RMDs, the Still-Working Exception, and the Best-Laid Plans
By Andy Ives, CFP®, AIF®
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A required minimum distribution (RMD) from a 401(k) (or other employer plan) must be taken prior to rolling remaining plan dollars to an IRA. An RMD cannot be rolled over, so it must be withdrawn before any rollover is completed. While this concept appears somewhat basic, it is easy to get sideways with the rules. Additionally, unexpected changes in employment, combined with the still-working exception, can retroactively create RMD problems.
Many retired people of RMD age (70 ½ prior to the SECURE Act, age 72 since) look to consolidate retirement accounts. Since they are no longer working for a company, the idea of rolling 401(k) plan assets into an IRA makes sense. Easy enough. However, before a rollover can be completed, the annual plan RMD must be taken first. You cannot roll the entire balance into the IRA and then take the plan RMD from the IRA later in the year. Not allowed.
If the plan RMD is erroneously rolled into the IRA, then we have an excess contribution in the IRA for the RMD amount. This excess (plus any earnings attributable to the excess) must be removed from the IRA, and that withdrawal must be coded as an excess contribution withdrawal. If the excess is not removed by the following October 15, there is a 6% penalty for every year it remains.
Individuals of RMD age who are still working can oftentimes delay the start of plan RMDs. Most plans offer an optional plan feature called the “still-working exception.” If a plan participant does not own more than 5% of the company and the plan allows, she can delay her required beginning date (RBD) to April 1 of the year following the year of separation from service. (Note that this exception does NOT apply to IRAs, SEPs or SIMPLEs. It also does not apply to employer plans if a person is not currently working for that company.)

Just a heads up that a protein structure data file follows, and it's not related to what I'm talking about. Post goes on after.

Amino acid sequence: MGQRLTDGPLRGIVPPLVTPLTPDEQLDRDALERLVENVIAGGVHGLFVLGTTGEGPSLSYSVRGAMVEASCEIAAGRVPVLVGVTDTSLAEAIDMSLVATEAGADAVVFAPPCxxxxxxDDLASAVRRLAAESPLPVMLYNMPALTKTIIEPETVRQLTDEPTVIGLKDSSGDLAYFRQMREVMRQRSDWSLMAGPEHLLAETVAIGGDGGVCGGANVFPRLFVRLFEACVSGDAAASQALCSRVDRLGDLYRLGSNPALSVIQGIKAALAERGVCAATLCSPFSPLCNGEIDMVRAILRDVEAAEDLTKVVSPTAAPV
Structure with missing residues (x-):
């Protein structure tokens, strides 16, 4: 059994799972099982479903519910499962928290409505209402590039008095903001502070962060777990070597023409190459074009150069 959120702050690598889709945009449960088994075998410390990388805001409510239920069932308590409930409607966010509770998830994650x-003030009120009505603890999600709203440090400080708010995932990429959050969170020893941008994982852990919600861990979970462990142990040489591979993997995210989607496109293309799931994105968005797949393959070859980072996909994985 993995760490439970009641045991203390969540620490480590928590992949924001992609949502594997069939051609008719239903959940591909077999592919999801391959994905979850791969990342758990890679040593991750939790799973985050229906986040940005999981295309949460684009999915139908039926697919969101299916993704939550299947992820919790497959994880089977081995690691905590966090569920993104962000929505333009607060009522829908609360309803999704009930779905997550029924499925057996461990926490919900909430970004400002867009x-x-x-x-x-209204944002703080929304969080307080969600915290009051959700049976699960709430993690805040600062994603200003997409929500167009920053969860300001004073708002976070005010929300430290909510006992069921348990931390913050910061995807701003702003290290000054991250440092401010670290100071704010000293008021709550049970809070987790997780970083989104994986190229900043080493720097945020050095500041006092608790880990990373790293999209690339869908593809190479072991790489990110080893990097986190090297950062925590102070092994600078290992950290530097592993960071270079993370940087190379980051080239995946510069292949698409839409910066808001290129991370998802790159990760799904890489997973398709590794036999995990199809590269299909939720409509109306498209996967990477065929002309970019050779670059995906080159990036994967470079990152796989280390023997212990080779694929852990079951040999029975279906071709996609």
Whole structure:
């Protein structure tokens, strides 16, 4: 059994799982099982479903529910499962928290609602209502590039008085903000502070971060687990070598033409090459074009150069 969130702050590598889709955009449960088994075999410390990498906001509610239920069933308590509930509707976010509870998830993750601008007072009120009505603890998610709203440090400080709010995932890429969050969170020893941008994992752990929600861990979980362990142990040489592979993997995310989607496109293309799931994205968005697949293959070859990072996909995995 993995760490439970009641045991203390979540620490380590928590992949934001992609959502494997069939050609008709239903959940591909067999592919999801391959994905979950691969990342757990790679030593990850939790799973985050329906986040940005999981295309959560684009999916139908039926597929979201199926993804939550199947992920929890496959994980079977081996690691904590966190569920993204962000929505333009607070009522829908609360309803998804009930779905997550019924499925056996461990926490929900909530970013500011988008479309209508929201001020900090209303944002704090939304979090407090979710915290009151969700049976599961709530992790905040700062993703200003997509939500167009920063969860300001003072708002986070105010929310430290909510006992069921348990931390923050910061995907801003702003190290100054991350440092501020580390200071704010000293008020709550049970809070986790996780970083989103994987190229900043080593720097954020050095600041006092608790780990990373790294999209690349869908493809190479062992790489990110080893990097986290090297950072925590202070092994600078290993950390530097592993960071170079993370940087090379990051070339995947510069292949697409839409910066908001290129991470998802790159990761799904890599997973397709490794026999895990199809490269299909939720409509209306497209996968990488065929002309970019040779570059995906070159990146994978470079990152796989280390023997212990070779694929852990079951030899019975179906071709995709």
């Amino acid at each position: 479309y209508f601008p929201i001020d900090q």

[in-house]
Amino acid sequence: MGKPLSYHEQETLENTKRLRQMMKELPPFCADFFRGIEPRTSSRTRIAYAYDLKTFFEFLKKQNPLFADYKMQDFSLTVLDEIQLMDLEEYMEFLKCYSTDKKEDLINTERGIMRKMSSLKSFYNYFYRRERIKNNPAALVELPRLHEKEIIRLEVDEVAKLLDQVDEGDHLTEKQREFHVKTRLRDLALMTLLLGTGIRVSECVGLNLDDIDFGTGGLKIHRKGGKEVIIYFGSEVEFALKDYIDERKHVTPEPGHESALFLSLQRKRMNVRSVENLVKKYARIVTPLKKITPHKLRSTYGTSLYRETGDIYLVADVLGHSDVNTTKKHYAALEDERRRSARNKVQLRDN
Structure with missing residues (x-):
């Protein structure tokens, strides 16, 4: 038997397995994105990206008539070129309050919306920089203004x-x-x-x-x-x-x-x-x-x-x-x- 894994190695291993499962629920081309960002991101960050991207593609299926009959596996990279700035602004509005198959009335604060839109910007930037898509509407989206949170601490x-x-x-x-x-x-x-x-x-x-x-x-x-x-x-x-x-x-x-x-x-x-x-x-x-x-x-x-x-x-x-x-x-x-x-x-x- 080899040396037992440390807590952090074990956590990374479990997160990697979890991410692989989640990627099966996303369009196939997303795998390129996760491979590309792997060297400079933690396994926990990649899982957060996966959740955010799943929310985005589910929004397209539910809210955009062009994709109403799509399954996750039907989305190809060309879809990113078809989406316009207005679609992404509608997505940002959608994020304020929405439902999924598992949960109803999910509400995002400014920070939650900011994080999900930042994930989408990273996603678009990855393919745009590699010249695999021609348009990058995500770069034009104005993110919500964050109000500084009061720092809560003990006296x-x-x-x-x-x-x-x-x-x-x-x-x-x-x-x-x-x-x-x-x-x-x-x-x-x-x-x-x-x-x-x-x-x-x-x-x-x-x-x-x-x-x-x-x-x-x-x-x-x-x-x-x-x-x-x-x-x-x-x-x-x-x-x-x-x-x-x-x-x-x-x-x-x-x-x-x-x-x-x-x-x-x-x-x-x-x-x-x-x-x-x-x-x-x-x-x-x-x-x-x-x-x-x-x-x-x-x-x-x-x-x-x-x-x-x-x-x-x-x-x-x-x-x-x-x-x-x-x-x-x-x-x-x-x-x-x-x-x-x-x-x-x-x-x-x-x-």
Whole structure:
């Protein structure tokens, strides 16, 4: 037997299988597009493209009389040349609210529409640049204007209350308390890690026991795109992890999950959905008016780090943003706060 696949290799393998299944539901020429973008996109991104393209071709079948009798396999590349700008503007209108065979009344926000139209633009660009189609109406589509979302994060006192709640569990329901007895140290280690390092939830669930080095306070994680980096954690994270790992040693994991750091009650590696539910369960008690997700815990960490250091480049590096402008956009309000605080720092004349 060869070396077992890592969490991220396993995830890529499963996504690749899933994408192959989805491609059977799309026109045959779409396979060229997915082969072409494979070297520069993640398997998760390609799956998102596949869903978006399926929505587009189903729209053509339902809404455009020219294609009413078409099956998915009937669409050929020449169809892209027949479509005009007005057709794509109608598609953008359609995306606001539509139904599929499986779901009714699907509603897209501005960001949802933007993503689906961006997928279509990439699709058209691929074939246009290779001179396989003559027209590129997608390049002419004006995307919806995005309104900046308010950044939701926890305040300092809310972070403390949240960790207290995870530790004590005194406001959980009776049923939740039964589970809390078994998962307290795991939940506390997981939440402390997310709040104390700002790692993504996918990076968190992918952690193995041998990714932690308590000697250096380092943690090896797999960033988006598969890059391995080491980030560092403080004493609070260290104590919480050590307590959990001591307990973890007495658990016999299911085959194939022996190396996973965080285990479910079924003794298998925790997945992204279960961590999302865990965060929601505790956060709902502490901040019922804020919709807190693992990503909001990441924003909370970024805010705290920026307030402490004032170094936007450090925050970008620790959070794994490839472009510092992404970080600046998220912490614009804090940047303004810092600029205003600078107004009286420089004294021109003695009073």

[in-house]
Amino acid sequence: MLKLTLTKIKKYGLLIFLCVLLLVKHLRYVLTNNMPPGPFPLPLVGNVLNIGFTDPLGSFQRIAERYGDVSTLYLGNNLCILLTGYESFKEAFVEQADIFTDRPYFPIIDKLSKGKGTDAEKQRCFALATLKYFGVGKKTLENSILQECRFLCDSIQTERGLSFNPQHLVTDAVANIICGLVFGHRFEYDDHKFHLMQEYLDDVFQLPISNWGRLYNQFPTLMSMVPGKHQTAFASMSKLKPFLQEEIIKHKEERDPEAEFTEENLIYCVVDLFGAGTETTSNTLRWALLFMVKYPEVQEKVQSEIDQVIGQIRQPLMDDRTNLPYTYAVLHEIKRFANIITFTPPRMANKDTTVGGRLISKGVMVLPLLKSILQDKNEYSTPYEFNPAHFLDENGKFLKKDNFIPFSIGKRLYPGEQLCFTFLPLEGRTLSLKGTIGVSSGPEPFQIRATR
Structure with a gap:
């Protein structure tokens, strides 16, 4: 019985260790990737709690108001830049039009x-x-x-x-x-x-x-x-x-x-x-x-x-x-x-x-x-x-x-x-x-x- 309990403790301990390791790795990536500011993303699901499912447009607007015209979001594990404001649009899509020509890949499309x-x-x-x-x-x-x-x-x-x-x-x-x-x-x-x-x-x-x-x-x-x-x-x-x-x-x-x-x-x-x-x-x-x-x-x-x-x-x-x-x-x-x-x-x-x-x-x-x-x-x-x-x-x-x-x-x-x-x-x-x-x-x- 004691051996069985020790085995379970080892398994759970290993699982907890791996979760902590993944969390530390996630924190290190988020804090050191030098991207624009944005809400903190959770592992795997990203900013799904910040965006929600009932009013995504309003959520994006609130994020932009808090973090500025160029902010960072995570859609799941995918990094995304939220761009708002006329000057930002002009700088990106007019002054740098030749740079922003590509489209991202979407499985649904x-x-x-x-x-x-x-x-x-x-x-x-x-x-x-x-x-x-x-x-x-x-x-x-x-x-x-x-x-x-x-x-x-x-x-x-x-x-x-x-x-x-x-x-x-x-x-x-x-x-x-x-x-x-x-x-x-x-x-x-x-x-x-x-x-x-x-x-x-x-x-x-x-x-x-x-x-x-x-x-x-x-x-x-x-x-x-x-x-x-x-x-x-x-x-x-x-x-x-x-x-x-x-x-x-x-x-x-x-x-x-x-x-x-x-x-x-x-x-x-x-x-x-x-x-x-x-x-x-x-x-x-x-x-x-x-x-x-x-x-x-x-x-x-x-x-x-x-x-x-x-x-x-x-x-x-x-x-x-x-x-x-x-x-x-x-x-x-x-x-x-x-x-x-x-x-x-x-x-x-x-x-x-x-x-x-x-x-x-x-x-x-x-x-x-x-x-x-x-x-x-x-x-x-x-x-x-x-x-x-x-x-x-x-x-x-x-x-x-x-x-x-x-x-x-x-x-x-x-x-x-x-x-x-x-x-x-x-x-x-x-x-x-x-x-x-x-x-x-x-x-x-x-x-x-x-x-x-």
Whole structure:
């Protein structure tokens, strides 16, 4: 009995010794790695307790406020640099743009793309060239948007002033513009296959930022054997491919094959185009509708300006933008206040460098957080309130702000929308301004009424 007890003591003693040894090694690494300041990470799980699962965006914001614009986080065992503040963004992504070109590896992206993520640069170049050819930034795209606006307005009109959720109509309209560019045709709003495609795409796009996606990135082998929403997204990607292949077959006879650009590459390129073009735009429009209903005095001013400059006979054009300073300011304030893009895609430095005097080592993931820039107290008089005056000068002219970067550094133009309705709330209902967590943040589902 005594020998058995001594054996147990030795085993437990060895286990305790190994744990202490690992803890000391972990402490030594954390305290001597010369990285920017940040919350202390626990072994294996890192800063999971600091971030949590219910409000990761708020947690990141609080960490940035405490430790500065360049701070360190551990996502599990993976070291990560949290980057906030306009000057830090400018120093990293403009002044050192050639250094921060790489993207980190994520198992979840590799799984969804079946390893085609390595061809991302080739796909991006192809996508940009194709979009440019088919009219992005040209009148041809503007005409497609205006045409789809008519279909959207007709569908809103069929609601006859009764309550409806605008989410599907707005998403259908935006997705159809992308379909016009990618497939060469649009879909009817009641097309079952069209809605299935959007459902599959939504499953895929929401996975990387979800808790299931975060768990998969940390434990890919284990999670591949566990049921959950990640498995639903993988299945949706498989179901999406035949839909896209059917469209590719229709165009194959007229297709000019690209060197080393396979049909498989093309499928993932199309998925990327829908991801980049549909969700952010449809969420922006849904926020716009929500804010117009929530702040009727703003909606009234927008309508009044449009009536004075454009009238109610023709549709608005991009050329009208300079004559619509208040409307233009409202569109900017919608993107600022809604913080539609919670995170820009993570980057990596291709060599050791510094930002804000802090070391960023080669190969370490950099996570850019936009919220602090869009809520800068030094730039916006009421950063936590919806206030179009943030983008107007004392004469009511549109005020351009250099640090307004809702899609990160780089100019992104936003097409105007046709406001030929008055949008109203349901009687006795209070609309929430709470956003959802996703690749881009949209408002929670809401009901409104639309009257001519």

Nevertheless, despite the best-laid RMD plans, unexpected changes in employment can transform a proper rollover into a problematic excess contribution. Here’s how:
Example: Janice, age 74, has been working for a small business for 20 years. She has diligently made salary deferrals into the company’s 401(k) plan and has accumulated $250,000. Since the plan has the still-working exception, Janice does not need to take an RMD from the plan until she separates from service. Janice intends to retire next year. In preparation for retirement (and in order to access a particular investment unavailable in her work plan), Janice takes an in-service distribution of $100,000 which she rolls into her IRA. She wisely leaves $150,000 in the 401(k) so that it will not factor into her IRA RMD next year. After December 31, she plans to roll the remaining $150,000 to her IRA.
Soon after Janice’s $100,000 rollover, torrential rains and flooding destroy the company. The doors are shuttered, and the entire staff is let go. Since Janice has now officially “separated from service” - even though the separation was not her decision – the still-working exception no longer applies. Janice now has an RMD on her plan assets for this year. The “first-dollars out rule” dictates that the first dollars taken from a plan or IRA include the RMD. As such, Janice’s $100,000 rollover is retroactively deemed to have included her 401(k) RMD. Despite her best-laid plans, she now has an excess contribution in her IRA that must be addressed.
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